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One World Cannabis: Topical Cannabis Medicine Research in Israel


It comes as no news to patients that have been using topically-applied cannabis preparations that this stuff works for us. There have even been some clinical studies supporting the efficacy of external-use cannabis for conditions like skin rashes or lesions as well as joint and muscle pain and inflammation.

I had the pleasure and honor of being able to speak with Dr. Yehuda Baruch from One World Cannabis Pharmaceuticals in Israel this week via phone about the research they are doing in the area of topically-applied cannabis medicines for pharmaceutical use.

OWC is currently working on two topically-applied cannabinoid studies, one is a cream for psoriatic lesions, which is the first study that Dr. Baruch said will conclude this year. The second study concludes early next year and will test the efficacy of lipid-based cannabis ointment for more penetrative applications such as joint pain and inflammation.

But Dr. Baruch also spoke to me about some of the initial observations and results he’s had already in the process of formulating these new topical cannabis medicines for clinical study. So let’s start with the first one:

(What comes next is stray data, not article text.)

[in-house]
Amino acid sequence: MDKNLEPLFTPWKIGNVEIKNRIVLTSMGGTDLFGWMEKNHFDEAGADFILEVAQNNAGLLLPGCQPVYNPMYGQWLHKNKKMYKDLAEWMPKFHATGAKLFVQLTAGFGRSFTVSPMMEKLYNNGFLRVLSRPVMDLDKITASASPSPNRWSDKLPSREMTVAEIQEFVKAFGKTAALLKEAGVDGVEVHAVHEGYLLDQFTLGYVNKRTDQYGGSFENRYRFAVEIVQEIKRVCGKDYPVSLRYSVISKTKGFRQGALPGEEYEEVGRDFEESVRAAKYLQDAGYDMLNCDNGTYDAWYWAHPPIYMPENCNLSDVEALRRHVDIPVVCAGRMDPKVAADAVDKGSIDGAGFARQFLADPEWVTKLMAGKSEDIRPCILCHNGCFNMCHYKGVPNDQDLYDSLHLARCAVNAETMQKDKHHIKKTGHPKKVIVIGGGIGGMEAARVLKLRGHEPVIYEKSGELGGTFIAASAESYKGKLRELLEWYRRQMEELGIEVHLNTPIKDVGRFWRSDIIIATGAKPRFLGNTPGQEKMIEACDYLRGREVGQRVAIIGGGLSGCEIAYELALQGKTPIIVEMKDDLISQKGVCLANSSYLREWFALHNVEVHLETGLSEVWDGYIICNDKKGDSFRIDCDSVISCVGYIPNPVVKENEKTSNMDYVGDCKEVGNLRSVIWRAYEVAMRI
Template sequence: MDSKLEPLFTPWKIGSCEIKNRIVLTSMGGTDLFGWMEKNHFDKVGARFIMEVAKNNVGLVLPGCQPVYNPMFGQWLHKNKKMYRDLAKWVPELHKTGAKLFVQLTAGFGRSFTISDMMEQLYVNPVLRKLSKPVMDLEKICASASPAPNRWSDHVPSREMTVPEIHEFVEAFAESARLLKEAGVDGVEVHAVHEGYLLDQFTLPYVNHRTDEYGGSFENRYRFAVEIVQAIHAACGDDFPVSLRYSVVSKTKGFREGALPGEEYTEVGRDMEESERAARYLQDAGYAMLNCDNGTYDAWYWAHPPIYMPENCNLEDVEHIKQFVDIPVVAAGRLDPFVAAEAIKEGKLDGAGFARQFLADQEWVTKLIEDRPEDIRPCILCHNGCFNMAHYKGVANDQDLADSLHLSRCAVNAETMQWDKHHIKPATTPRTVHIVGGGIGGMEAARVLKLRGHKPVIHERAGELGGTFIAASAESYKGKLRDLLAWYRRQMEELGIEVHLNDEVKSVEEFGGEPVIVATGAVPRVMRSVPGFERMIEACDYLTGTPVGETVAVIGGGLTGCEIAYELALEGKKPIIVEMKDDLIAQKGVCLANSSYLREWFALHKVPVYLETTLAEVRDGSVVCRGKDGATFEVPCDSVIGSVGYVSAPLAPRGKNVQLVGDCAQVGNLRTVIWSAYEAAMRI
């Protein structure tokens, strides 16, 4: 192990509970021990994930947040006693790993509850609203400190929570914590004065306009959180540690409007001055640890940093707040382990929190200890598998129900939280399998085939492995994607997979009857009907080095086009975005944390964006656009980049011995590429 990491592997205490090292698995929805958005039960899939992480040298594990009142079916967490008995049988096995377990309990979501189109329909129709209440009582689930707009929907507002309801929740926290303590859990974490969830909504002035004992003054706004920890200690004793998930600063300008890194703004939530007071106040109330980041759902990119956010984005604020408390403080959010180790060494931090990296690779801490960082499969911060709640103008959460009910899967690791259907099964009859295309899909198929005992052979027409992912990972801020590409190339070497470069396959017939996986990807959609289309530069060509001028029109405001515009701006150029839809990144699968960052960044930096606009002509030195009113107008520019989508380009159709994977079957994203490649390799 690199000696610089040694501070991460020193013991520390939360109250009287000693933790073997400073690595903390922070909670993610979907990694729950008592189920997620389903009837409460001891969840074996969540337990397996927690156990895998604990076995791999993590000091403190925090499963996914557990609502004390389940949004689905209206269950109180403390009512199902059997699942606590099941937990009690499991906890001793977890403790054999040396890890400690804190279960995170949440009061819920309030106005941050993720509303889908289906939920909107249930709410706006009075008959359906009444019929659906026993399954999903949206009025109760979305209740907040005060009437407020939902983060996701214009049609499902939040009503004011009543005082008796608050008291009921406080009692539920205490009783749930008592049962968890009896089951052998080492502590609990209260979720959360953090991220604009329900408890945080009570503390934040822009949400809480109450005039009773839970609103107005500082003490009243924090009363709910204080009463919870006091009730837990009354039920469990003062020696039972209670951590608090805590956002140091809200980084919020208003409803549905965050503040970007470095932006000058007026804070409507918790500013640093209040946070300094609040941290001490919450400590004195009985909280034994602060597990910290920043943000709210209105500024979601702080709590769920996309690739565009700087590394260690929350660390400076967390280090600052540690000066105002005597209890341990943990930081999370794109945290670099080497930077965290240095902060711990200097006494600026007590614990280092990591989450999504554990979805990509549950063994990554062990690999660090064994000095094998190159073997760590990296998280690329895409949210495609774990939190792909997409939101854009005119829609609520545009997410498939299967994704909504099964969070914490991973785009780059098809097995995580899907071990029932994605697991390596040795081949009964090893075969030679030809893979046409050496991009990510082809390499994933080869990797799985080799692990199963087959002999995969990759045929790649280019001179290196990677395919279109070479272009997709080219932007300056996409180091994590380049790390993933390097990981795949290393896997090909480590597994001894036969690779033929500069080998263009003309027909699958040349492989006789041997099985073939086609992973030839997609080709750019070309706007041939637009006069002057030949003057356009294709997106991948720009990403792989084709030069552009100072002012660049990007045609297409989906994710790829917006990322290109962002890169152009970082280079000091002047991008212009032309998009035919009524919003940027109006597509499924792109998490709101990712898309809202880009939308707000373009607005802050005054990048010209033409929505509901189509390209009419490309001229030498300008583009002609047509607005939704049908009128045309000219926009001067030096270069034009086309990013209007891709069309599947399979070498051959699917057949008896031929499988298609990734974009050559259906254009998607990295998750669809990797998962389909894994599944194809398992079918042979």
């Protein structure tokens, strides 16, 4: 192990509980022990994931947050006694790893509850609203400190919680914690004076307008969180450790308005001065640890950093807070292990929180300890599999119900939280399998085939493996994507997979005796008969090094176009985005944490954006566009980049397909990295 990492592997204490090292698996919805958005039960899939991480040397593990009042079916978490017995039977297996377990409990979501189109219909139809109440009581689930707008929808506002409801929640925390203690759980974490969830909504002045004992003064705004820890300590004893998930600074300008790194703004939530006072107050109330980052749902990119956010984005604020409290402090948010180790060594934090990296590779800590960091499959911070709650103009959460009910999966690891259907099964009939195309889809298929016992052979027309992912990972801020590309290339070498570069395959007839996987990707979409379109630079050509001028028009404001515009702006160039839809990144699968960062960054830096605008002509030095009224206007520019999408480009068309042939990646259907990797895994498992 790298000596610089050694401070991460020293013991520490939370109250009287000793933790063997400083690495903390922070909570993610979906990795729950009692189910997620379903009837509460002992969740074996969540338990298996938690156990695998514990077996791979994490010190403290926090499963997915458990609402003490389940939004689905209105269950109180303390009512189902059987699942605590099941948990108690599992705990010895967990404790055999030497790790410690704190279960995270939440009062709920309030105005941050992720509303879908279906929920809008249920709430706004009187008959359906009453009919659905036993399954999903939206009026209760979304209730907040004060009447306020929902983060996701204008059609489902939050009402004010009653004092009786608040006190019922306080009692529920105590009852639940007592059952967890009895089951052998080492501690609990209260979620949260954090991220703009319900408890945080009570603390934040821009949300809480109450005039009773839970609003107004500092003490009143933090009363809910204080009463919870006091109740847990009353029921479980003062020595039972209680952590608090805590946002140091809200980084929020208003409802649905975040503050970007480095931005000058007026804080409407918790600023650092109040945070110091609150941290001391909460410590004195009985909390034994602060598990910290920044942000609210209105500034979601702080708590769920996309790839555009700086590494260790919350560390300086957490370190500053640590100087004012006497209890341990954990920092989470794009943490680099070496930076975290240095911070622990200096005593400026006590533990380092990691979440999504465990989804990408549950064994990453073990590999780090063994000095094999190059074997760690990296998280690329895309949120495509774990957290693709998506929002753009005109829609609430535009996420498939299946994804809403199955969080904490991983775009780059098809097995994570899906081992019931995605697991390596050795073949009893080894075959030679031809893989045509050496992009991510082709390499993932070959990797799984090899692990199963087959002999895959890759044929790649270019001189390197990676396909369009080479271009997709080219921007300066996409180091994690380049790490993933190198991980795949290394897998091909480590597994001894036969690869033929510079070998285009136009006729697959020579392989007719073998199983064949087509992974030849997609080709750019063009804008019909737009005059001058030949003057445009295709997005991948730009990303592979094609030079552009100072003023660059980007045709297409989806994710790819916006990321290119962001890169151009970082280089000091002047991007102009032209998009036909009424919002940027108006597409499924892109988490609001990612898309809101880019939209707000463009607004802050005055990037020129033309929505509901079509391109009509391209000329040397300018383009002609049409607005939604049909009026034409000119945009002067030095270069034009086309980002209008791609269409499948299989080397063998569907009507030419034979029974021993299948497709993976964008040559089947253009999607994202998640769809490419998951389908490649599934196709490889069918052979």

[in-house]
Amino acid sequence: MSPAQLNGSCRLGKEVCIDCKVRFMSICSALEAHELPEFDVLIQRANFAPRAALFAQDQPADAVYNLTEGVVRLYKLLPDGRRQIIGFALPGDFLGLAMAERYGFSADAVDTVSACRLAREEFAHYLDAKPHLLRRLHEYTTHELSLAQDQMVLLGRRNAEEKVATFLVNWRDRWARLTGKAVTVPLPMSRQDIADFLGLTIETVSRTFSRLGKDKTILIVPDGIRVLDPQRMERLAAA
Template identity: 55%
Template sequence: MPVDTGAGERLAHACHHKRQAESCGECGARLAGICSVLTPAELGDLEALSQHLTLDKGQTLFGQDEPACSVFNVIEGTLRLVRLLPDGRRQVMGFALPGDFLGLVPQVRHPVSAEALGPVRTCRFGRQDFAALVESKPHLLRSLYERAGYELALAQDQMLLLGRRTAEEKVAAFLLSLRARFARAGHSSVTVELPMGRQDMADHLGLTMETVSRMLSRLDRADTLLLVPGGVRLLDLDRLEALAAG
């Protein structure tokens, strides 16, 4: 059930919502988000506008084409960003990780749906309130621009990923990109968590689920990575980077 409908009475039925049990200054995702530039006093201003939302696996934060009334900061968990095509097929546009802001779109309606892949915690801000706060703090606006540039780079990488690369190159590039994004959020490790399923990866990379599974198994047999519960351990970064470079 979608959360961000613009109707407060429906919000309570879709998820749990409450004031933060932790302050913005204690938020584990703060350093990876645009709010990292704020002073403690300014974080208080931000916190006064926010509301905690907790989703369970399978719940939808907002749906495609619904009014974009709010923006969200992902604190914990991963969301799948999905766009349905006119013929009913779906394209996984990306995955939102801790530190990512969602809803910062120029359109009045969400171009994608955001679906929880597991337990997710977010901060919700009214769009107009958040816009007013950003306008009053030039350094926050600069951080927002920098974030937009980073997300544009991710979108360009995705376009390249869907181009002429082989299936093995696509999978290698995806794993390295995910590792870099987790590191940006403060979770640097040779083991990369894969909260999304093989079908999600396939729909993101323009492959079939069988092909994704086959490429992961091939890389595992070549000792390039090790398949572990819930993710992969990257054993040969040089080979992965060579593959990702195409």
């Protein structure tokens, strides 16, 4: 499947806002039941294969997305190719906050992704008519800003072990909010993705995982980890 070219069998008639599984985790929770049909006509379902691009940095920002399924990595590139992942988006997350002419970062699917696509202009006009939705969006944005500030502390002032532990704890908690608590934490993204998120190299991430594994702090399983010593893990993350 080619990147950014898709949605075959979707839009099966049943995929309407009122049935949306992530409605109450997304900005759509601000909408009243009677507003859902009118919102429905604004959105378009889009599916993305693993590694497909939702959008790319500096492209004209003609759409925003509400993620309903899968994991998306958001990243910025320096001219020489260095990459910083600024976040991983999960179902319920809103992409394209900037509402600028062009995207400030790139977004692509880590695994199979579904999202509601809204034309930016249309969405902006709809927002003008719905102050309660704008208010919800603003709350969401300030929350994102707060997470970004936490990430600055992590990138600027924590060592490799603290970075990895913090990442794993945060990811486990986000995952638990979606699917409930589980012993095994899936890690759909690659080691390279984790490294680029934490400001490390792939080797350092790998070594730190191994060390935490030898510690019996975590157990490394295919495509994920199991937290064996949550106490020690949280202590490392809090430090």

“CBD ONLY” topical cannabis lotions and other preparations are not effective. Dr. Baruch says that he’s just not seeing efficacy with “CBD ONLY” in topical applications–and he was also kind enough to give me a breakdown of what they were testing for topical applications:

THC%     CBD%

1                 5 — Not effective

8                 8 — Some effectiveness

12              4 — This concentration seems to have the most efficacy right now

Dr. Baruch was very clear that these numbers do not represent any final clinical results, just his professional observations at this point. It will certainly be exciting to see the first clinical results that come out of these new studies.

And I think these studies really outline what we really need in terms of legal support for topical preparations here in the states that are prepared with enough cannabinoids to be effective–including, and especially THC, according to the observations Dr. Baruch has made so far.

For example, Washington State recently had a measure that would limit the THC content in topical preparations to 0.3%–and that’s far below what most patients find that works well for them as a topical preparation.

It’s going to be a number of years before we can expect a pharma cream or ointment that you can get from your doctor, but no doubt if these studies show enough efficacy to pass through FDA approvals in the future, these pharma-developed topical cannabis preparations may eventually be a medicine that your insurance will cover.

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